Radial extracorporeal shockwave therapy for the treatment of finger tenosynovitis (trigger digit)
Authors Malliaropoulos N, Jury R, Pyne D, Padhiar N, Turner J, Korakakis V, Meke M, Lohrer H
Received 10 March 2016
Accepted for publication 9 June 2016
Published 31 October 2016 Volume 2016:7 Pages 143—151
Checked for plagiarism Yes
Review by Single-blind
Peer reviewer comments 3
Editor who approved publication: Prof. Dr. Andreas Imhoff
Nikos Malliaropoulos,1–5 Rosanna Jury,1,2,5 Debasish Pyne,3–5 Nat Padhiar,3,5 Jennifer Turner,6 Vasileios Korakakis,3,7 Maria Meke,1 Heinz Lohrer3,8
1Sports and Exercise Medicine, Thessaloniki Musculoskeletal Clinic, 2Thessaloniki National Track and Field Centre, Sports Medicine Clinic of S.E.G.A.S., Thessaloniki, Greece; 3European Sports Care, 4Department of Rheumatology, Sports Clinic, Barts Health NHS Trust, 5Centre for Sports & Exercise Medicine, Queen Mary University of London, London, UK; 6Healthcare Group Guernsey, Guernsey; 7Aspetar, Orthopaedic and Sports Medicine Hospital, Doha, Qatar; 8European SportsCare Network (ESN), Zentrum für Sportorthopädie, Wiesbaden-Nordenstadt, Germany
Introduction: Stenosing tenosynovitis that is characterized by the inability to flex the digit smoothly, usually leads to prolonged rehabilitation or surgery.
Study design: This case series is a retrospective cohort study.
Purpose: The aim of this case series was to evaluate the effectiveness of radial extracorporeal shockwave therapy (rESWT) for the treatment of stenosing tenosynovitis of the digital flexor tendon (trigger digit).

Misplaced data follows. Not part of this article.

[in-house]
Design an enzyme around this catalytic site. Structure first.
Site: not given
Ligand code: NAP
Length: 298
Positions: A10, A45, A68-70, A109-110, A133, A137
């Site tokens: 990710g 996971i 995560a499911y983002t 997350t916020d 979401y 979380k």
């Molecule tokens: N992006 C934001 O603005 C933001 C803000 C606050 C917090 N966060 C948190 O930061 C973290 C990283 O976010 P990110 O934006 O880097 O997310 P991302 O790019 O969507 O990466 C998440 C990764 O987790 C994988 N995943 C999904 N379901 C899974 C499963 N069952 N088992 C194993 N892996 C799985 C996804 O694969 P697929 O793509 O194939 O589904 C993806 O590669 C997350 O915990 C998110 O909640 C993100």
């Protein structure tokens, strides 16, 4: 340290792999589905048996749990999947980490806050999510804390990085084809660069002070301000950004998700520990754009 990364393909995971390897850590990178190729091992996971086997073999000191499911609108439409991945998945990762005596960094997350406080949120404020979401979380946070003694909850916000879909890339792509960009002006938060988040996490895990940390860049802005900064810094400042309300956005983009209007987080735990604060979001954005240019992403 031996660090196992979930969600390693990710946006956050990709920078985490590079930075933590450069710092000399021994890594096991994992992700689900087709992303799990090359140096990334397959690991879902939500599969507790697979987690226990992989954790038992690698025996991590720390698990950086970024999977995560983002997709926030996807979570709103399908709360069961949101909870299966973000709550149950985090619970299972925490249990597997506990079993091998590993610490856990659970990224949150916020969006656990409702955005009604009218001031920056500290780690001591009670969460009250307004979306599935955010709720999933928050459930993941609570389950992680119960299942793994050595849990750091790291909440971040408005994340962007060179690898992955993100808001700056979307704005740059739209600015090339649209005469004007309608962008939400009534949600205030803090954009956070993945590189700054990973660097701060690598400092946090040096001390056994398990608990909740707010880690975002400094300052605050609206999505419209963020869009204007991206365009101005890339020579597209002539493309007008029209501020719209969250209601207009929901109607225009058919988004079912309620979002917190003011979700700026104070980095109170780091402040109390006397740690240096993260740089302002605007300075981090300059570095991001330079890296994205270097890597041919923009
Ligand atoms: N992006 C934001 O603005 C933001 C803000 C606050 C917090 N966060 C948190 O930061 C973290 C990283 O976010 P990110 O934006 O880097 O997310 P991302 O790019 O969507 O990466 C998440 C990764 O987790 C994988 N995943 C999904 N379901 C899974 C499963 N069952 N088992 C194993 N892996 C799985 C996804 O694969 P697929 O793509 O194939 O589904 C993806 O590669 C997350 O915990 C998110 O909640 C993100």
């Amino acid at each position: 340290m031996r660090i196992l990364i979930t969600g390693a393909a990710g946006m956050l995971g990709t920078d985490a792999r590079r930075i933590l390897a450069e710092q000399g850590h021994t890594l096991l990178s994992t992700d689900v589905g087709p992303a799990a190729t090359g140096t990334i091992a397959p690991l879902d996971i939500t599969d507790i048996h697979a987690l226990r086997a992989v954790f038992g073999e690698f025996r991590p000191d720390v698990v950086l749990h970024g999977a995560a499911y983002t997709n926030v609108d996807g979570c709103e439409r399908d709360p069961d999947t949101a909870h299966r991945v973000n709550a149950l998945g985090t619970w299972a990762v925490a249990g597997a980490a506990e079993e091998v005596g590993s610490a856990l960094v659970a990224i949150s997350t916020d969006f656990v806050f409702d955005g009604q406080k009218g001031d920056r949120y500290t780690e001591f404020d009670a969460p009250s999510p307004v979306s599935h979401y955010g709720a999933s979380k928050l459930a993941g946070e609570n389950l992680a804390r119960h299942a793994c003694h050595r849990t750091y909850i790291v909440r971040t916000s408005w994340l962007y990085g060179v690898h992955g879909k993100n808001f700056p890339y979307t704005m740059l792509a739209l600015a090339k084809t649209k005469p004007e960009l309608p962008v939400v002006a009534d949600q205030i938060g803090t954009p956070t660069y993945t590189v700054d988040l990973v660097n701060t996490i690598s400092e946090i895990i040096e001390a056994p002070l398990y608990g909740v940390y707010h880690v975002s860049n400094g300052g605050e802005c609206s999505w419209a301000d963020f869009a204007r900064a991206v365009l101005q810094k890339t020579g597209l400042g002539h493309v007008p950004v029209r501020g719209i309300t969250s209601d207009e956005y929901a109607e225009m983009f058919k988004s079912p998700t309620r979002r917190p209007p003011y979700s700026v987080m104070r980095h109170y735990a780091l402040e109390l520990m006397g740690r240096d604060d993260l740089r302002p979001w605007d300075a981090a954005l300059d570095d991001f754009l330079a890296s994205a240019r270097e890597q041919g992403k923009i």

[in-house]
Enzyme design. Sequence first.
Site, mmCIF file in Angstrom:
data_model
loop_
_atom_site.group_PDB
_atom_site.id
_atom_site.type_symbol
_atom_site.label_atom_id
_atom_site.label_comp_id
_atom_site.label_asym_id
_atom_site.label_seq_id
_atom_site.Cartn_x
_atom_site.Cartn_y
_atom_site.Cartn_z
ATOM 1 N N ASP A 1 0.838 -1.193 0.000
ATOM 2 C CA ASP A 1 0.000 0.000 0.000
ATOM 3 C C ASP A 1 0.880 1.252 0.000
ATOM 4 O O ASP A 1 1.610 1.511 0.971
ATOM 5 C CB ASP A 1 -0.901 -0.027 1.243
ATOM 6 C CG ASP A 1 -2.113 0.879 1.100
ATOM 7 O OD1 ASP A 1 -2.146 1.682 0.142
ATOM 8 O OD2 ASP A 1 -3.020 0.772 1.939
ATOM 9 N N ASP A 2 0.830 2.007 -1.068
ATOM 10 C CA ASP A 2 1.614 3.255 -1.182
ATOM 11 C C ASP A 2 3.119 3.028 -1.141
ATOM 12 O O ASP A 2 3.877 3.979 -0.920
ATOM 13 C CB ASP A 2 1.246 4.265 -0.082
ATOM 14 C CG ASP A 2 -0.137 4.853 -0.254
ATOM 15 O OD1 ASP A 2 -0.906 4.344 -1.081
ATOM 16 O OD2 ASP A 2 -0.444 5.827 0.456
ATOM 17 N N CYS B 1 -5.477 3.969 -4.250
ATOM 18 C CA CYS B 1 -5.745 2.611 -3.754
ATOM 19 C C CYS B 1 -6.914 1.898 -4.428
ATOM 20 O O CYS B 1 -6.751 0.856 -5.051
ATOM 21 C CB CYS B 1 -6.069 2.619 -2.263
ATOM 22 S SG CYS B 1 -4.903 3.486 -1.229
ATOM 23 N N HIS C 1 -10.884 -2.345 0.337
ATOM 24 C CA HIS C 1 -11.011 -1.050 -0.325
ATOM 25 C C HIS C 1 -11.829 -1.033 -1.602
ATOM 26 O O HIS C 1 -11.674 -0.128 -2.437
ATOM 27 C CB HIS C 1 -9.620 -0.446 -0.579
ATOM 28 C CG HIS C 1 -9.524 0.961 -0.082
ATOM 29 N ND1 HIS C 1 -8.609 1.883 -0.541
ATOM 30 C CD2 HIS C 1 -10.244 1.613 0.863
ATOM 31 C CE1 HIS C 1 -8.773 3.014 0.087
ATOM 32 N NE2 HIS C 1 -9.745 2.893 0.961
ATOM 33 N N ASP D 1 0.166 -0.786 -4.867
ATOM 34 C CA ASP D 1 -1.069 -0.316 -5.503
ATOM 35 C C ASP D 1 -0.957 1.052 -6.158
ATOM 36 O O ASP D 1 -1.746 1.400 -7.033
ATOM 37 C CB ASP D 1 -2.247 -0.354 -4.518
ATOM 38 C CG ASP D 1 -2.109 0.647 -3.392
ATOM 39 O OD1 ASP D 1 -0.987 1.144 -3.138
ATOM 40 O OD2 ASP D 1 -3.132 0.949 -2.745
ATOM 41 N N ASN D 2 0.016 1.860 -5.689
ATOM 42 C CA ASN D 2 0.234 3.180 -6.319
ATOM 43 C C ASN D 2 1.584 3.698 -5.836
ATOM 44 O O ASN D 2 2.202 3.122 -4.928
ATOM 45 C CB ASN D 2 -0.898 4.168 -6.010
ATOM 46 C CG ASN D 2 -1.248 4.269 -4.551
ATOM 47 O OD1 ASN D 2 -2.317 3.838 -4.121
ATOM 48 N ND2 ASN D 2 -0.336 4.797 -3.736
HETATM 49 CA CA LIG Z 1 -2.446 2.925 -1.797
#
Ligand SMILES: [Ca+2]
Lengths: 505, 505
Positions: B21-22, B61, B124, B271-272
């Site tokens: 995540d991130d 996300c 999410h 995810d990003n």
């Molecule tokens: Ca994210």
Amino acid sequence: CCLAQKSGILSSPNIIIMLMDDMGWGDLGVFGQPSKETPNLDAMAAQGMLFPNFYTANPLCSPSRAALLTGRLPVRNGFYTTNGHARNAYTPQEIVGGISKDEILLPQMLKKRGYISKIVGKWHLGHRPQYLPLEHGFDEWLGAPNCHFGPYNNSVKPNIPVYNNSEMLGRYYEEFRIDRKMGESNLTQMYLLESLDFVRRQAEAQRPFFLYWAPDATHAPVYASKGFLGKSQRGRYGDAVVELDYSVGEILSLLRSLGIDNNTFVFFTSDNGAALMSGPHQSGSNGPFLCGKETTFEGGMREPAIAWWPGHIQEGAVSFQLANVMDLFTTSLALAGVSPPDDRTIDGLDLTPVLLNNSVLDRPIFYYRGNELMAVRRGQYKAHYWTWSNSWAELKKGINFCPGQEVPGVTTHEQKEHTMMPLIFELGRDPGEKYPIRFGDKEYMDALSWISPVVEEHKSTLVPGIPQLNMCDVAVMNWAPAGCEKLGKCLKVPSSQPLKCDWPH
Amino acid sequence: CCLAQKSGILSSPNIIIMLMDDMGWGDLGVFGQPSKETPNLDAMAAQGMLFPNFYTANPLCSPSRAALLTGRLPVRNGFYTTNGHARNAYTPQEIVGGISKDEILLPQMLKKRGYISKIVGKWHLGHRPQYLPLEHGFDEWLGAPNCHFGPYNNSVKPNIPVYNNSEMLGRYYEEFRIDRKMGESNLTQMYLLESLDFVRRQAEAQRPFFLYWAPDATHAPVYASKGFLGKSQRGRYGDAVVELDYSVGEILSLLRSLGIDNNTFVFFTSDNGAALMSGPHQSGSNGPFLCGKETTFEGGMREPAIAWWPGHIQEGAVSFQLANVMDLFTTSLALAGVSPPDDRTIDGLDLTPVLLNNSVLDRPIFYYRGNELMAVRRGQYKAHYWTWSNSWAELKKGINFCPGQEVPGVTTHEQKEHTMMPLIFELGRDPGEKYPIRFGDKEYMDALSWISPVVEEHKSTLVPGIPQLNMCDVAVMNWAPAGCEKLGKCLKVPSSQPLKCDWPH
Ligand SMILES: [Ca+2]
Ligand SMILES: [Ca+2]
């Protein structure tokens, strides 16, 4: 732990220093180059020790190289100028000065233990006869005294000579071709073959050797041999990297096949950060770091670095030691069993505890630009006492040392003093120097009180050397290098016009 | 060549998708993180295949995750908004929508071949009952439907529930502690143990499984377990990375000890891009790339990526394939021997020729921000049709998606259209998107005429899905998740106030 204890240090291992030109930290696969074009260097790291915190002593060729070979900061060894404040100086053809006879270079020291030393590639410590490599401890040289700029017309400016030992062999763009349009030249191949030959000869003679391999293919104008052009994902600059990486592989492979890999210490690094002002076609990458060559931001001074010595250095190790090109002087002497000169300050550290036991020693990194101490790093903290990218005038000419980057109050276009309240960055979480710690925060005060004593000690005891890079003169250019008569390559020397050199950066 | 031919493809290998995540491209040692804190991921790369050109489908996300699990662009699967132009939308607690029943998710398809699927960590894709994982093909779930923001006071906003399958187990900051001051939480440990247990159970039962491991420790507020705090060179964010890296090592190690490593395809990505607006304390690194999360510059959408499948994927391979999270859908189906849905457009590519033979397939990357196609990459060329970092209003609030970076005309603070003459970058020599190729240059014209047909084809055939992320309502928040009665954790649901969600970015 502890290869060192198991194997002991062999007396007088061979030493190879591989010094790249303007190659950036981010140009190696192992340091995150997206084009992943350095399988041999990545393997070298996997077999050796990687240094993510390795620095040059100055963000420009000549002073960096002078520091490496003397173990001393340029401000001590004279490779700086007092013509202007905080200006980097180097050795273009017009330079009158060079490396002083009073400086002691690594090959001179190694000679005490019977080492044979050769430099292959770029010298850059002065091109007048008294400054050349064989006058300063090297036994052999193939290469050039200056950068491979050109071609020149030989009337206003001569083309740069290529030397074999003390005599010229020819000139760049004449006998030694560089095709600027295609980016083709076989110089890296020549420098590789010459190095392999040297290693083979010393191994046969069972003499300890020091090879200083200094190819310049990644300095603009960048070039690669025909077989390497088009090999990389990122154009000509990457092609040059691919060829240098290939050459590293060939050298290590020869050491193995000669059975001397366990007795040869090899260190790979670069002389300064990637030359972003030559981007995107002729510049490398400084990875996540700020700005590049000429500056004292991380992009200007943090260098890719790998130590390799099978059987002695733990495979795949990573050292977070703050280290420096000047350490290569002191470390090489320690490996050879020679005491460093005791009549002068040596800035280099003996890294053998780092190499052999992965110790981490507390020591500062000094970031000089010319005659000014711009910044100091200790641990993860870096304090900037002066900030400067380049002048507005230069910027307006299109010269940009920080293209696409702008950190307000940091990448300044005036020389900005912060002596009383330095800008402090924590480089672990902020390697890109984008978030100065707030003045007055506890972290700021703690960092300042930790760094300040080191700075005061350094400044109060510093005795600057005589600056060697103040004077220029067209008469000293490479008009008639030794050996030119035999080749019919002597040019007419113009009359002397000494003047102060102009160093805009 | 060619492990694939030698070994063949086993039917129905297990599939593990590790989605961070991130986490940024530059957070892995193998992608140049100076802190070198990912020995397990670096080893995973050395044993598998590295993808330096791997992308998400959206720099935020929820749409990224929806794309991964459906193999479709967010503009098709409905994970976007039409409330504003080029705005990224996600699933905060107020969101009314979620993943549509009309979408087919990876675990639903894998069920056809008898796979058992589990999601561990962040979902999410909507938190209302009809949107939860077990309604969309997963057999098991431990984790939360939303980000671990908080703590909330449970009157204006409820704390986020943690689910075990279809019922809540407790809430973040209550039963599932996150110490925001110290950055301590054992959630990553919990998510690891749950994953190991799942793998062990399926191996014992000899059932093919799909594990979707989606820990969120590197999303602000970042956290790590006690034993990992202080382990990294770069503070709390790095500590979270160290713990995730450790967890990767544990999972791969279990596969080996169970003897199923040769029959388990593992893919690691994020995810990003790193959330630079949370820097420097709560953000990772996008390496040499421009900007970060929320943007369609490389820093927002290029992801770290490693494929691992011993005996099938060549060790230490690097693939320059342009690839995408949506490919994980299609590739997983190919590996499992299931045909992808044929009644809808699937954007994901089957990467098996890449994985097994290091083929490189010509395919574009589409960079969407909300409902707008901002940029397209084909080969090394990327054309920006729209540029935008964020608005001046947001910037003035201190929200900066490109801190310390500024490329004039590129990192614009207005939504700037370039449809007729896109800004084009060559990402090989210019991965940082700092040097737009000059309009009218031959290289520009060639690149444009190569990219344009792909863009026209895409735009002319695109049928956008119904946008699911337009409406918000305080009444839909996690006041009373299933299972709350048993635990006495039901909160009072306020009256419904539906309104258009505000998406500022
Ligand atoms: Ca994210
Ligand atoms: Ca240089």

Methods: A retrospective analysis of 44 patients (49 fingers) treated with an individually adapted rESWT protocol was conducted. Trigger digit pain and function were evaluated at baseline and 1-, 3-, and 12-months posttreatment. Recurrence and pretreatment symptom duration were analyzed.
Results: Significant reductions in pain scores and functional improvement were found between baseline and all follow-up assessments (P<0.001). Pretreatment symptom duration was significantly correlated with the number of rESWT sessions required (r=0.776, P<0.001) and 1-year posttreatment pain score (r=0.335, P=0.019).
Conclusion: This study provides initial evidence that rESWT is an effective treatment for trigger digit, but randomised controlled trials are required to provide further evidence of this effect.
Keywords: trigger finger, trigger thumb, tendon, shockwave therapy, non-surgical therapy, conservative treatment, physiotherapy
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